A Horse with Sand in the Belly

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Have you ever had a horse with sand in his gut? Watch the video, posted to Thompson Vet Services’ Facebook page, to see just how much sand this horse had in his belly. Unfortunately, the horse was euthanized and a necropsy was performed. This horse had loose stools, weight loss, and repeated bouts of colic.
**WARNING-video may be graphic!!.

This video is of a necropsy of a horse that was euthanized due to severe sand colic. Preliminary signs of possible sand in the intestines/stomach…loose stools, weight loss, repeated bouts of colic….kinda sounds like parasites or EGUS doesn’t it?….but it wasn’t….once again, I hope this may make you think outside the box, next time you have a horse that may have similar recurring signs….it just might not hurt to do a “glove test”….just saying…have a greatly successful week!! Dr.T

Here is a great article explaining the “glove test” as well as how to perform it using a bucket.

How can we help? We offer our #30 Digestive Support that contains a variety of herbs to help support the digestive system as a whole to function normally. We also recommend keeping our #17 Kolik Eaz on hand in the even your horse started to have an achy belly.

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5 thoughts on “A Horse with Sand in the Belly

  1. Great article you guys. On the chart above what are the numbers? Also, since I already have the spray bottle do you offer a concentrate to add and refill and reuse the bottle?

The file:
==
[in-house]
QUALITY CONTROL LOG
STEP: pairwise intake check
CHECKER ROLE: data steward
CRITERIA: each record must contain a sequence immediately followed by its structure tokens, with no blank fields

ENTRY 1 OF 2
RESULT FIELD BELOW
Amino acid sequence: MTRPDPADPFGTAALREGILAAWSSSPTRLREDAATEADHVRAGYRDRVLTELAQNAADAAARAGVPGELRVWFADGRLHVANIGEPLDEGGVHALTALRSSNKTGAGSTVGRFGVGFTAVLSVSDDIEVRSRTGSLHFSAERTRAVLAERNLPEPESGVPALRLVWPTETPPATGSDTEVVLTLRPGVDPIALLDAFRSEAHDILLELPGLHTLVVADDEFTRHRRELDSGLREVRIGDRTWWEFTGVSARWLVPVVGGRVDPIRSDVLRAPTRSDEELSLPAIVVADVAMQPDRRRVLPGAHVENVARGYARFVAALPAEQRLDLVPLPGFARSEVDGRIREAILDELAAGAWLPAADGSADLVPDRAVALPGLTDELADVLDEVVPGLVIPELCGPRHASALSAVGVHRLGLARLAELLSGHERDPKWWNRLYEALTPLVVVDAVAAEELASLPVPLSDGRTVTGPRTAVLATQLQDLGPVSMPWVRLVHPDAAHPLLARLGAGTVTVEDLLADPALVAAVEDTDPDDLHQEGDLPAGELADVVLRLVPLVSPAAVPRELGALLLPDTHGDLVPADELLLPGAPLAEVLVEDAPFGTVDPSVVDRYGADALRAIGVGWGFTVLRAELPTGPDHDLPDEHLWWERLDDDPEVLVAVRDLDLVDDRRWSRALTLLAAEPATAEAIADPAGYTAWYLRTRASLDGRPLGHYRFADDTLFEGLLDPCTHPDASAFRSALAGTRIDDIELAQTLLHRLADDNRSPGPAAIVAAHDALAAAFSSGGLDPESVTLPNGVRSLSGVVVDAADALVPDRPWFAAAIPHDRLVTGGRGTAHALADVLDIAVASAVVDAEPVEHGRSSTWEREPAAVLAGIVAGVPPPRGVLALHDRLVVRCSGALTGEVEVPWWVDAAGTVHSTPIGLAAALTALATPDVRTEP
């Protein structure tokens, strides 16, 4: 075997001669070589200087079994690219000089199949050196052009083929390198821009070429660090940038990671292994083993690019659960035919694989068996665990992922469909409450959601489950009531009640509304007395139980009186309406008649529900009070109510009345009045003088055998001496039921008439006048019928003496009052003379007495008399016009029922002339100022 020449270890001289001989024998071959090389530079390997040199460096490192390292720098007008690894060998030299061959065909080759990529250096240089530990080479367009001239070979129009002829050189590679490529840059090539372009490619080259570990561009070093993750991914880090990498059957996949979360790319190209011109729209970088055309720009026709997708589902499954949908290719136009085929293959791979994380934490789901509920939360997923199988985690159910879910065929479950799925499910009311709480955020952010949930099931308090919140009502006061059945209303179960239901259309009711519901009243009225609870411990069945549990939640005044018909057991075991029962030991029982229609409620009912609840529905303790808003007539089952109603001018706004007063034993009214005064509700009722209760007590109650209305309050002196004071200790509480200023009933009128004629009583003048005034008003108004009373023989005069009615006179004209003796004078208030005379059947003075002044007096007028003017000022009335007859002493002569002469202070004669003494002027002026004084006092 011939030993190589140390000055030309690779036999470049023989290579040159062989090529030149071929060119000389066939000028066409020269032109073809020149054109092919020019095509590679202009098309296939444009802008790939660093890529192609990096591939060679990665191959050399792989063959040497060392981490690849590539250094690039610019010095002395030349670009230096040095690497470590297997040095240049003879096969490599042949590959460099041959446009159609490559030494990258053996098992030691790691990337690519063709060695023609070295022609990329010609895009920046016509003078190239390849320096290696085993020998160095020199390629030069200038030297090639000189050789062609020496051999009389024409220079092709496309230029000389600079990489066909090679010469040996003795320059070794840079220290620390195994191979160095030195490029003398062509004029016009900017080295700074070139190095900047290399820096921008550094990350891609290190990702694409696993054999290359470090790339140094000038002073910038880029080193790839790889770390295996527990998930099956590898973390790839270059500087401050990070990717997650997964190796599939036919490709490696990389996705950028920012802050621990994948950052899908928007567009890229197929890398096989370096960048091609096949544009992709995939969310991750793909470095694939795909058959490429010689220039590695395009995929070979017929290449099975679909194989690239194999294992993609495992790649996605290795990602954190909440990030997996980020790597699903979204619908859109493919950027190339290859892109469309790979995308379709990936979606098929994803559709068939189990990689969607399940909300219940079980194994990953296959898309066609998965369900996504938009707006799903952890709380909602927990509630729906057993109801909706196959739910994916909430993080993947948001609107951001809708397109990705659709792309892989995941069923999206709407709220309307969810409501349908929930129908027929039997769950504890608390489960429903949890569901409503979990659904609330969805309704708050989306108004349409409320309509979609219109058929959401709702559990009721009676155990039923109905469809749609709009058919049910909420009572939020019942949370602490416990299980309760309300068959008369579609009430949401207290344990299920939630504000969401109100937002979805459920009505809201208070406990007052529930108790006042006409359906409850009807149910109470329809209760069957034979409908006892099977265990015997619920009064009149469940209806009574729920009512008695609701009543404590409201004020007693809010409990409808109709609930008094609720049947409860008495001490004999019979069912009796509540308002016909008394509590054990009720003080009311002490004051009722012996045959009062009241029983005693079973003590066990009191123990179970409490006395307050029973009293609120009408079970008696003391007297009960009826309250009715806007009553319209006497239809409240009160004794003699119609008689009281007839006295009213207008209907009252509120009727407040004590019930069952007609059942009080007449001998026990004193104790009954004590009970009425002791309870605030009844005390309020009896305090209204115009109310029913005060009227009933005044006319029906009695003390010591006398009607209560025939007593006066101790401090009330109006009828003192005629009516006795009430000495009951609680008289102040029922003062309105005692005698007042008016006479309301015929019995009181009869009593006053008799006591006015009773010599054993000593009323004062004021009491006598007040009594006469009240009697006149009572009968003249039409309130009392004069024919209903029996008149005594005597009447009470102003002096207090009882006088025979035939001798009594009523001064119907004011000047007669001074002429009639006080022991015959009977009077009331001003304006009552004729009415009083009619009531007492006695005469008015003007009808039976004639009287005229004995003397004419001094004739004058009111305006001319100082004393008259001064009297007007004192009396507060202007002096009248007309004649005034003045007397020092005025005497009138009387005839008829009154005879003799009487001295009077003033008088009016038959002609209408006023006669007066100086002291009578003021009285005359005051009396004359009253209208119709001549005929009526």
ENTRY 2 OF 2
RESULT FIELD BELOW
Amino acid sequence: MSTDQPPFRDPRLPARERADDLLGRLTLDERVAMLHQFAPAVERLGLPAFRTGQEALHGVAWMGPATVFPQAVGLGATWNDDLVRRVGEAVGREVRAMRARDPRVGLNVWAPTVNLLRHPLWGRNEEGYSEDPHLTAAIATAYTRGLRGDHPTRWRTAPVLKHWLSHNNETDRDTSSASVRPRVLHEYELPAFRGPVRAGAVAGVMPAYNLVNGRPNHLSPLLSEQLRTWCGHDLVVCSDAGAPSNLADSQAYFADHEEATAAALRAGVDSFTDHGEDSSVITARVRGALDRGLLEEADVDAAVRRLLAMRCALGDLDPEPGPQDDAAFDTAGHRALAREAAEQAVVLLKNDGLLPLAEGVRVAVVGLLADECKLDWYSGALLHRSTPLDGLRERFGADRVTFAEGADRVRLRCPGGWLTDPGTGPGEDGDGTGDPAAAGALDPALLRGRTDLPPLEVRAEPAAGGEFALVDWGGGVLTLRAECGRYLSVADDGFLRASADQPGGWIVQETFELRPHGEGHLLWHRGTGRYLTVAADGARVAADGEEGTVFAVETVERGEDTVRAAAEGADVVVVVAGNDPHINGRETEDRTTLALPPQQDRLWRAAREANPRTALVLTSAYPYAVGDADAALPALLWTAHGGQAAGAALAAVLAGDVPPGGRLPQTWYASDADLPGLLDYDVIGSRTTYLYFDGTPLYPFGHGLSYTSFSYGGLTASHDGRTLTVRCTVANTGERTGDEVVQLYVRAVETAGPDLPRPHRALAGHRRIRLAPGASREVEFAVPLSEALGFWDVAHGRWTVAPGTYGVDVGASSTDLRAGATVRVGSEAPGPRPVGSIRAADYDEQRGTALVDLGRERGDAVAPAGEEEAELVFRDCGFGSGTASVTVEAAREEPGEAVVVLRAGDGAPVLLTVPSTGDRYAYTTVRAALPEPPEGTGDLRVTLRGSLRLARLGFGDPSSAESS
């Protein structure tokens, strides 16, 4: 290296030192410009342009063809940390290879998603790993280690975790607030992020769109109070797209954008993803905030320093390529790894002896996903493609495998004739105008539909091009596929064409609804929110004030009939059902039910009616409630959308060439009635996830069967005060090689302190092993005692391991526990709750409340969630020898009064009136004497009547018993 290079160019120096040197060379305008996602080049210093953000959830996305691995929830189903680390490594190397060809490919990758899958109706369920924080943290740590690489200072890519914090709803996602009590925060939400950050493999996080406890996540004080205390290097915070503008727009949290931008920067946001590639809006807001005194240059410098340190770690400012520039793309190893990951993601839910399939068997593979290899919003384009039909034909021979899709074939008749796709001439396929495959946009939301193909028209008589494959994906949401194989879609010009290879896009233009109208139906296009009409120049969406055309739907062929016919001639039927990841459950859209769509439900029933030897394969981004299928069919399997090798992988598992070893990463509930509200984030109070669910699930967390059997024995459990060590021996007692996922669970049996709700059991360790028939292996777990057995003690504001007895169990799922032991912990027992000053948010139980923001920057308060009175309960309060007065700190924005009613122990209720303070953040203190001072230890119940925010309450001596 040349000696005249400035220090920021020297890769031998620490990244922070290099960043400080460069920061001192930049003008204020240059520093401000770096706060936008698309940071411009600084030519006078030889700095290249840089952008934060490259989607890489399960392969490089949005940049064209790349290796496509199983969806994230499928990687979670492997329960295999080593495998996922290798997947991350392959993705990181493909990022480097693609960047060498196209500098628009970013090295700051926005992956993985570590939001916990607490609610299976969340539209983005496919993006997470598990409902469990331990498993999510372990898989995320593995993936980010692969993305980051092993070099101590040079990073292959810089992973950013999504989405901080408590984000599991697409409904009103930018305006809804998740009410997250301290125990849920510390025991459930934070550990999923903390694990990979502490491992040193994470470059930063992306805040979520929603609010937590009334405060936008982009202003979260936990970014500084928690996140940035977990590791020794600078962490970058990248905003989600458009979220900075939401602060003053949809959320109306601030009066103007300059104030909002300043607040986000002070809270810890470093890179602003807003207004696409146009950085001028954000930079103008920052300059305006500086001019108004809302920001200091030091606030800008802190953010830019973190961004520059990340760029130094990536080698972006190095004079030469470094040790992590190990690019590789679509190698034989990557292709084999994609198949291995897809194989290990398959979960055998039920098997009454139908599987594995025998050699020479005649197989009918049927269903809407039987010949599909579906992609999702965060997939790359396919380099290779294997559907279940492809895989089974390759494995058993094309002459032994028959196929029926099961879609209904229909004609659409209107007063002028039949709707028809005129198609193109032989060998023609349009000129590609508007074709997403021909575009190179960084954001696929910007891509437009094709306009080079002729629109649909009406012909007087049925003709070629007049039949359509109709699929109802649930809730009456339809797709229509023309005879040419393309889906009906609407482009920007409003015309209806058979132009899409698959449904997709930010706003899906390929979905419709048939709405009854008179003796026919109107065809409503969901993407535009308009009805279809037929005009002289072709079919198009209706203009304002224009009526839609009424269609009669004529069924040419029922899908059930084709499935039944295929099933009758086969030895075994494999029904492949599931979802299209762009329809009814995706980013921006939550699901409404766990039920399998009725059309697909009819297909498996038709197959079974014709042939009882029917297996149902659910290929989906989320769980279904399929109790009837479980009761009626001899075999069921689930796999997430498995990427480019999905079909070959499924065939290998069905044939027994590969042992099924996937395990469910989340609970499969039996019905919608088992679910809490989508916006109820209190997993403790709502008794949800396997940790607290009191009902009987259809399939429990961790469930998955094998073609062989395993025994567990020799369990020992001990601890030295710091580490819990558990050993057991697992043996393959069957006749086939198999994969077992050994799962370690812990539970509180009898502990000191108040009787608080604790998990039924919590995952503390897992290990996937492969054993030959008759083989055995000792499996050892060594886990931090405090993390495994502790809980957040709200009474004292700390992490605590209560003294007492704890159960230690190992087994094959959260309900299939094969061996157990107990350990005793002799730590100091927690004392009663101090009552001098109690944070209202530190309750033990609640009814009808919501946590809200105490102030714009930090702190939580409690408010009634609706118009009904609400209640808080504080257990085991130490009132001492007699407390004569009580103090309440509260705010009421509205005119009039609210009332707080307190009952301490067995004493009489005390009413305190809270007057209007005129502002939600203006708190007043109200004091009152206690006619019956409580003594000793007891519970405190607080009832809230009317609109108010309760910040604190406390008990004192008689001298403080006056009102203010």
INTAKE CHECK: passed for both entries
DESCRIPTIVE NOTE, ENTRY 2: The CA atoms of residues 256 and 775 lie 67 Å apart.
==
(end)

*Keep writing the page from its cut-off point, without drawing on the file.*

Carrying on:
LOVE YOU GUYS. LOVE YOU GUYS. LOVE YOU GUYS.
    Cristine Cameron

    1. cschuknecht says:

      Hey Cristine,
      Those numbers represent acupressure points. An example of kidney points would be k12, k27, etc. Their al lots of points for the kidney’s and other parts of the body, and so they are numbered.

      Also, we do not offer a concentrate at this time.

      We love you too!

  2. Lesley says:

    Poor horse!
    I would suspect this horse had pica. Pica is a symptom of something else being wrong.. like iron or zinc deficiency or gastritis. That is way too much sand to not have been eaten on purpose.
    I have a mare that eats dirt and sand if I don’t supplement with iron. We have lots of copper in the soil in Arizona but iron doesn’t make it into the hay because of how alkiline the soil is. There is a study that supports the idea of mineral imbalance in horses can causing pica. (Copper and iron ratio specifically)

  3. Mary Funk says:

    What do you feed your horses?

    1. cschuknecht says:

      We recommend a variety of wholesome vegetation in moderation. The more variety the better. This way we can account for as many vitamins and minerals as possible and constantly be supporting as many excesses and deficiencies as possible.

      Here is a blog that we wrote that may be of help to you. https://www.silverliningherbs.com/what-to-give-your-horse-in-the-winter/

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